Shay- The best time for a customer to come to me for a contract is a month or more before my planting season even starts. There are many ways to grow an onion: you can focus on size, single centers, storability, sweetness, pungency, duration of season, or any other variable. If I know what to grow and how to grow it, I can assure the best results for my customers. That is why buying from a true grower/shipper/marketer is so important. While custom packers have volume, they have little control over the growing process.

 

John - Know what your customer’s needs are and what they are doing with their onions. Some may need onions more suitable to food service and others to the retail market. Knowing when to switch from old crop to new crop is also key. Contracts should be setup a month before the start of planting. This will assure the most consistent and competitive pricing. Contracting without the outbound business there is a gamble, but if you have committed customers you should contract year round.

 

 

Who should contract?

John - If you are in food service, processing, or other areas with consistent outbound pricing you should contract; anything with a structured retail price. Worst case scenario you should be at least 50% contracted. This will help hold you average and protect you in high and low markets.

 

Shay - I agree with John on all points except one. History has shown that the average “spot market” prices are $1-1.50 higher than the average contract price. So if you are going to error, error on the side of a contract. On average you will come out a winner. Also take into consideration that if a contract is higher than the “spot market” you are usually talking about $.50 to $1.50. On the other hand, if the “spot market” is higher than the contract you may be talking as much as $10-$15! See the graph below for a clear picture of the savings.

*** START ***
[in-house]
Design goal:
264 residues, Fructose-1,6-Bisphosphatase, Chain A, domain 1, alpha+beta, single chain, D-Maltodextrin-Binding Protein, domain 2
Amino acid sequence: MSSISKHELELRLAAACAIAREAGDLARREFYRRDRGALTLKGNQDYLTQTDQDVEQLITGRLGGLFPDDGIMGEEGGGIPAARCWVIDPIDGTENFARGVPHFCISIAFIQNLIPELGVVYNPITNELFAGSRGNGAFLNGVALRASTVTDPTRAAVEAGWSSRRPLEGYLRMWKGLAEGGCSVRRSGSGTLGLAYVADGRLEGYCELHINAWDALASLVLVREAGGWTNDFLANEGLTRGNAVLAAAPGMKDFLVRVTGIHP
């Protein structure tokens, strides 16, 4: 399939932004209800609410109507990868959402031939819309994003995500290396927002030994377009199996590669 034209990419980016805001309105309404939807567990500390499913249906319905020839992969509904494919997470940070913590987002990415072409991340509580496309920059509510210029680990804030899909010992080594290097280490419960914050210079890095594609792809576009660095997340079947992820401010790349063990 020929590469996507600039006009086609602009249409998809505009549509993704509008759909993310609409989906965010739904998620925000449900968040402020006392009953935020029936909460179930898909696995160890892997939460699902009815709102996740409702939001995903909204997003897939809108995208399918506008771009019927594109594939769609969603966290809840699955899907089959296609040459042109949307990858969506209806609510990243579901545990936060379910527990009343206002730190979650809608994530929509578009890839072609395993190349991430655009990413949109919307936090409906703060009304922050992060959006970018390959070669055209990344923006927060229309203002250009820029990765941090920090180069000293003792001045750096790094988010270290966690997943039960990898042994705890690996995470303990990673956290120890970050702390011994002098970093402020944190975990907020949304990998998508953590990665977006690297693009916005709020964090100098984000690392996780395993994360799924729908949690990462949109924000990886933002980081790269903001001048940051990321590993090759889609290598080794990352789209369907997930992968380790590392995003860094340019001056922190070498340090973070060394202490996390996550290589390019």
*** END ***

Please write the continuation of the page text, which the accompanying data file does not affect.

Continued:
With whom should you contract?

Shay - As a Grower/Shipper, of course I think you should contract directly with the grower. Working directly with the grower you can get your onions grown the way you need them, especially if you go to them early. If you contract with a “custom packer” you won’t have the same type of control. They will bring onions in from many different growers, almost all of whom are looking at maximizing their yields, which may have an impact on your quality and length of shelf life.

 

John - Contract with the person you are the most comfortable with. You may wish to contract with a larger company because they will have more shippers to turn to cover a contract. It may also be smart to split up your contracts. You could do one with a marketer (broker) and one directly with a shipper.

 

Why may onion contracts be more important than contracts for other agricultural commodities?

John - Onions are used in large volume across the country. Onions have a tendency to go up and stay up, unlike leafy items that go up in price, but quickly come back down. A contract will give you a steady control over the price of your onions so you don’t lose money in a time of high fluctuation.

 

Shay -Onions are not like other commodities, they are sold on a world market. Weather, draught, and disease in places thousands of miles from the USA can have dramatic impacts on the market here in the USA. On the other hand, commodities that can’t be shipped across entire oceans, and are destined to be sold domestically, tend to be less volatile over the long- term.

 

 

Some would argue that following a year with high prices, that it is a wise time not to contract as farmers like to “chase money”, but with onions that isn’t always a wise move. Like other commodities, the down swing on onions may be 20% when compared to the spot market, but the upswing can vary from many other commodities. Instead of seeing just 20-40% on the upswing of the market, as is generally the case with ag commodities, it is not uncommon to see increases of 200% or more when it comes to onions. In other words if you don’t have a contract, it doesn’t take long to wish that you did.